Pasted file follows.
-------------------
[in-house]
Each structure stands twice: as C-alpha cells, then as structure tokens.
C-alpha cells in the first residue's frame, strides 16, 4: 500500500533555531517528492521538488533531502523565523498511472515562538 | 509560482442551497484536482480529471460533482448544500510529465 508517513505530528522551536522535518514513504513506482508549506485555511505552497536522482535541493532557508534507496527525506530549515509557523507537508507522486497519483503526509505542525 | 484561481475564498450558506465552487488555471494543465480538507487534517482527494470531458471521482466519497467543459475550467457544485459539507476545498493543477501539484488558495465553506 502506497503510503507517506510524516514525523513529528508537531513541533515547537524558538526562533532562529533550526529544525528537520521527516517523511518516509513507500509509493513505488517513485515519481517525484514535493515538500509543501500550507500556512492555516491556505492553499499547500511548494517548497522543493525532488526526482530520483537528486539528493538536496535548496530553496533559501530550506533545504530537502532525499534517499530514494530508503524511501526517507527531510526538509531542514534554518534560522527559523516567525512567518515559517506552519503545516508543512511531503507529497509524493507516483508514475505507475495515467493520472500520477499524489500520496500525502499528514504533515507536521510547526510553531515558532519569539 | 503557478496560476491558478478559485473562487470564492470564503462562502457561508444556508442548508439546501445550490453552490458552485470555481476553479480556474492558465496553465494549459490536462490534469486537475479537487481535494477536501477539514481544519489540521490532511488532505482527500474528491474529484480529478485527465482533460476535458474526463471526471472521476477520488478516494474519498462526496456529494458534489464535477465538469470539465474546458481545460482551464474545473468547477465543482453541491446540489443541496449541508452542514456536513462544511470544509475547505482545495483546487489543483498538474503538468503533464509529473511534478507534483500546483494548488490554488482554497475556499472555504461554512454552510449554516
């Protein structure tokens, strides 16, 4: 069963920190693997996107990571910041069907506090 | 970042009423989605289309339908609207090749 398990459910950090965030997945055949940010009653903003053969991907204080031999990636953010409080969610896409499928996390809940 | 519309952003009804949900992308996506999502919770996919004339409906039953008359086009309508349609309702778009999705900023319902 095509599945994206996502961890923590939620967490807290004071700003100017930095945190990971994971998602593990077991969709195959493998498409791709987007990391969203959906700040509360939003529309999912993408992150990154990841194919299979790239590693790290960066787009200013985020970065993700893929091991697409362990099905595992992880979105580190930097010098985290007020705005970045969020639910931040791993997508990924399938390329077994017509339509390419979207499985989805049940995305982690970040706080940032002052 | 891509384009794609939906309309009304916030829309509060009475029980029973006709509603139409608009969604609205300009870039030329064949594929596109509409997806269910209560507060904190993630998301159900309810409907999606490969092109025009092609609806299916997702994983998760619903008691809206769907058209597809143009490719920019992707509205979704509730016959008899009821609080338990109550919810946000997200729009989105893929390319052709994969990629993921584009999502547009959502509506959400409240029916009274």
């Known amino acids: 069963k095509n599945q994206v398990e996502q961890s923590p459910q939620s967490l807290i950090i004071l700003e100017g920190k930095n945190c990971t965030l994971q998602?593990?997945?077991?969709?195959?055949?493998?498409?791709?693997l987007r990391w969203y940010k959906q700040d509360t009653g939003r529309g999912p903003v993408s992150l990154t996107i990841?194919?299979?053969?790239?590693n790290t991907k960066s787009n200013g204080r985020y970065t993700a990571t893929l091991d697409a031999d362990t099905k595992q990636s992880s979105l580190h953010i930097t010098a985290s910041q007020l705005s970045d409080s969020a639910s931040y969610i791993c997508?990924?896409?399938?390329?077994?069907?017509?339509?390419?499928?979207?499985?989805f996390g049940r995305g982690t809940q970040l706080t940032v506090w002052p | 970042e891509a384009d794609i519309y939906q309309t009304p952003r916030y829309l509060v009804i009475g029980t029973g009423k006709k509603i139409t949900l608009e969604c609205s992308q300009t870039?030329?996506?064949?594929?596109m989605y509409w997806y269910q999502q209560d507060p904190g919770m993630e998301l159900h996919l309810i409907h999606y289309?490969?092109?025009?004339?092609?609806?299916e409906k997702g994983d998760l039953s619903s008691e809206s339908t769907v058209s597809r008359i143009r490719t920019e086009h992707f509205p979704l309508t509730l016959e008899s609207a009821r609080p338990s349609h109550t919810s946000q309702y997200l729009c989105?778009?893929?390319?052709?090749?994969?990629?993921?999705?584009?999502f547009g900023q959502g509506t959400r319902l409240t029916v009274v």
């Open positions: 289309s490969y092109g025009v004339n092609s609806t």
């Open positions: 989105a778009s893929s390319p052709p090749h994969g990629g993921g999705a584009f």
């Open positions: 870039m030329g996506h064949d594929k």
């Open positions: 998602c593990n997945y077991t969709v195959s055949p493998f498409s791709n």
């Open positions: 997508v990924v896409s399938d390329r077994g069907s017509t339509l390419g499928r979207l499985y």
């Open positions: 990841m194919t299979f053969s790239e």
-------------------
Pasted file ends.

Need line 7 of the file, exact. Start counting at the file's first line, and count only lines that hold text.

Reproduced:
């Open positions: 989105a778009s893929s390319p052709p090749h994969g990629g993921g999705a584009f």